Hermione had left her stool and was halfway towards Siughorn's desk before the rest of the class had realised it was time to move, and by the time Harry, Ron and Ernie returned to the table, she had already tipped the contents of her phial into her cauldron and was kindling a fire underneath it.

'it's a shame that the Prince won't be able to help you much with this, Harry,' she said brightly as she straightened up. 'You have to understand the principles involved this time. No short cuts or cheats!'

Annoyed, Harry uncorked the poison he had taken from Siughorn's desk, which was a garish shade of pink, tipped it into his cauldron and lit a fire underneath it. He did not have the faintest idea what he was supposed to do next. He glanced at Ron, who was now standing there looking rather gormless, having copied everything Harry had done.

'You sure the Prince hasn't got any tips?' Ron muttered to Harry.

Harry pulled out his trusty copy of Advanced Potion-Making and turned to the chapter on Antidotes. There was Golpalott's Third Law, stated word for word as Hermione had recited it, but not a single illuminating note in the Prince's hand to explain what it meant. Apparently the Prince, like Hermione, had had no difficulty understanding it.

'Nothing,' said Harry gloomily.

Hermione was now waving her wand enthusiastically over her cauldron. Unfortunately, they could not copy the spell she was doing because she was now so good at non-verbal incan­tations that she did not need to say the words aloud. Ernie Macmillan, however, was muttering, 'Specialis revelio!' over his cauldron, which sounded impressive, so Harry and Ron hastened to imitate him.

It took Harry only five minutes to realise that his reputa­tion as the best potion-maker in the class was crashing around his ears. Slughorn had peered hopefully into his cauldron on his first circuit of the dungeon, preparing to exclaim in delight as he usually did, and instead had with­drawn his head hastily, coughing, as the smell of bad eggs overwhelmed him. Hermione's expression could not have been any smugger; she had loathed being out-performed in every Potions class. She was now decanting the mysteriously separated ingredients of her poison into ten different crystal phials. More to avoid watching this irritating sight than any­thing else, Harry bent over the Half-Blood Prince's book and turned a few pages with unnecessary force.

And there it was, scrawled right across a long list of antidotes.

Just shove a bezoar down their throats.

Harry stared at these words for a moment. Hadn't he once, long ago, heard of bezoars? Hadn't Snape mentioned them in their first ever Potions lesson? 'A stone taken from the stomach of a goat, which will protect from most poisons.'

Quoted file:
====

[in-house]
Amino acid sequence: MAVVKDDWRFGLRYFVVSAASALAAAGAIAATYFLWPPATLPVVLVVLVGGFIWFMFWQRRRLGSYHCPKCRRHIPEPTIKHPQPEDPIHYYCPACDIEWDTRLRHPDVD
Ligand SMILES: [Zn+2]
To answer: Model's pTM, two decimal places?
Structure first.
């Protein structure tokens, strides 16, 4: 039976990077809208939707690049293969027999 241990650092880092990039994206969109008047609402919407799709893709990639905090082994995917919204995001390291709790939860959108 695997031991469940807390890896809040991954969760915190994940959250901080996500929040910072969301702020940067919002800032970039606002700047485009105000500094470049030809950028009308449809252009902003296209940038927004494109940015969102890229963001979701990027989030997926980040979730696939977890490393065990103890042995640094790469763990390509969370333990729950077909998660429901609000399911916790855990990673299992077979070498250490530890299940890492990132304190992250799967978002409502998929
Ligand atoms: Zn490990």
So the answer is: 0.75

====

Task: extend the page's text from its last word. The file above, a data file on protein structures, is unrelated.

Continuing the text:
It was not an answer to the Golpalott problem, and had Snape still been their teacher, Harry would not have dared do it, but this was a moment for desperate measures. He hastened towards the store cupboard and rummaged within it, pushing aside unicorn horns and tangles of dried herbs until he found, at the very back, a small card box on which had been scribbled the word 'Bezoars'.

He opened the box just as Slughorn called, Two minutes left, everyone!' Inside were half a dozen shrivelled brown objects, looking more like dried-up kidneys than real stones. Harry seized one, put the box back in the cupboard and hurried back to his cauldron.

'Time's ... UP!' called Slughorn genially. 'Well, let's see how you've done! Blaise ... what have you got for me?'

Slowly, Slughorn moved around the room, examining the various antidotes. Nobody had finished the task, although Hermione was trying to cram a few more ingredients into her bottle before Slughorn reached her. Ron had given up com­pletely, and was merely trying to avoid breathing in the putrid fumes issuing from his cauldron. Harry stood there waiting, the bezoar clutched in a slightly sweaty hand.

Slughorn reached their table last. He sniffed Ernie's potion and passed on to Ron's with a grimace. He did not linger over Ron's cauldron, but backed away swiftly, retching slightly.

'And you, Harry,' he said. 'What have you got to show me?'

Harry held out his hand, the bezoar sitting on his palm.

Slughorn looked down at it for a full ten seconds. Harry wondered, for a moment, whether he was going to shout at him. Then he threw back his head and roared with laughter.

'You've got a nerve, boy!' he boomed, taking the bezoar and holding it up so that the class could see it. 'Oh, you're like your mother ... well, 1 can't fault you ... a bezoar would certainly act as an antidote to all these potions!'

Hermione, who was sweaty-faced and had soot on her nose, looked livid. Her half-finished antidote, comprising fifty-two ingredients including a chunk of her own hair,

bubbled sluggishly behind Slughorn, who had eyes for nobody but Harry.

'And you thought of a bezoar all by yourself, did you, Harry?' she asked through gritted teeth.

That's the individual spirit a real potion-maker needs!' said Slughorn happily, before Harry could reply. 'Just like his mother, she had the same intuitive grasp of potion-making, it's undoubtedly from Lily he gets it ... yes, Harry, yes, if you've got a bezoar to hand, of course that would do the trick ... although as they don't work on everything, and are pretty rare, it's still worth knowing how to mix antidotes ...'